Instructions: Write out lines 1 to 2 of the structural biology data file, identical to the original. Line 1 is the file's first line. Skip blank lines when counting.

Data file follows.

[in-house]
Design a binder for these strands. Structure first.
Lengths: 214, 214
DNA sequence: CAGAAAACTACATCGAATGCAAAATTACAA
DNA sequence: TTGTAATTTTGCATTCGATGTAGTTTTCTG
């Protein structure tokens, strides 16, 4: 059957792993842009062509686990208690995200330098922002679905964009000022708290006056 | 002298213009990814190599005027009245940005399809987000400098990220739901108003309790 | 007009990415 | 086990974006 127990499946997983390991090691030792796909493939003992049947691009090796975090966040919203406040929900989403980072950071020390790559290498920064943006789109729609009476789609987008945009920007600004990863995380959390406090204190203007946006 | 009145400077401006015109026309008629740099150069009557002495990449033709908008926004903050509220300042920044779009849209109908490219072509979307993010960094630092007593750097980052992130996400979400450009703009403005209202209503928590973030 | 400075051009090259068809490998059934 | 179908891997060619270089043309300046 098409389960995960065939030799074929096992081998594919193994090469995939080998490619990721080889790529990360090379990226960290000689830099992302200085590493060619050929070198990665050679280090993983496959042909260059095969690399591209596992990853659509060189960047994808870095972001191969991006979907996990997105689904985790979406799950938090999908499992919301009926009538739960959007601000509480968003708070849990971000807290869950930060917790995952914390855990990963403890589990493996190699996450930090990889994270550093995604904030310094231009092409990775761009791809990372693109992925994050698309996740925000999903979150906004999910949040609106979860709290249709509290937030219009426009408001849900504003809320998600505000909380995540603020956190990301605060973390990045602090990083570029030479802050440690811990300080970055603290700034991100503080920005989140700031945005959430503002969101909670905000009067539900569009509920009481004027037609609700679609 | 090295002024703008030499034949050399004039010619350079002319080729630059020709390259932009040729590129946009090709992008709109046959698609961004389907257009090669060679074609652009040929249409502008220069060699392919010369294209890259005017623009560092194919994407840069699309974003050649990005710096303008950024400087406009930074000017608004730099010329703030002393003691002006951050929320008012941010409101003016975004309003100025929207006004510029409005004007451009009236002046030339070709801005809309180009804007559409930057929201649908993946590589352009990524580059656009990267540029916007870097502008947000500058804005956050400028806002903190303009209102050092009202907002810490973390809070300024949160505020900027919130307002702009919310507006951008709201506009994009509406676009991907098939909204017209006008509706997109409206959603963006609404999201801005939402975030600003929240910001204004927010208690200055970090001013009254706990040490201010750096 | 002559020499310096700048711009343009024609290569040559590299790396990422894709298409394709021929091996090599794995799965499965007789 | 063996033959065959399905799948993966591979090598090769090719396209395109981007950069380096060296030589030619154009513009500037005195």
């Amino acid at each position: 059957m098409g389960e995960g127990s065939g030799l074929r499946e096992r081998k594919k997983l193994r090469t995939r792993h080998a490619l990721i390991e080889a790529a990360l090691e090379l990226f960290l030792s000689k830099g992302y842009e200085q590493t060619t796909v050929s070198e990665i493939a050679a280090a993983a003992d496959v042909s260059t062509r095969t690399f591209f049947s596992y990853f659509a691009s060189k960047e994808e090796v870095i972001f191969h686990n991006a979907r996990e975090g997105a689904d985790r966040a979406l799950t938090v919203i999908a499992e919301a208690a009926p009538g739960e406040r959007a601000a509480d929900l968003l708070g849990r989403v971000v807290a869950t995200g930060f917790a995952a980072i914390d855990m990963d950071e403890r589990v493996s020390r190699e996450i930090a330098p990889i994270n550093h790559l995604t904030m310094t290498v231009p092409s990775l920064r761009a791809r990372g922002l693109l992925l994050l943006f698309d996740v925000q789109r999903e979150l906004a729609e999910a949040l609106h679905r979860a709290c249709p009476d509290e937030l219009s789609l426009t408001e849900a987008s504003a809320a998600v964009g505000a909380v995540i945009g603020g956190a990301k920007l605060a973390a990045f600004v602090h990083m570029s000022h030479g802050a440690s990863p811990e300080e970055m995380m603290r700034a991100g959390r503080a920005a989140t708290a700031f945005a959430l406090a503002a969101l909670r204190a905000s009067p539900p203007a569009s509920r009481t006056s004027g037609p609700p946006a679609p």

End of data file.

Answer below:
[in-house]
Design a binder for these strands. Structure first.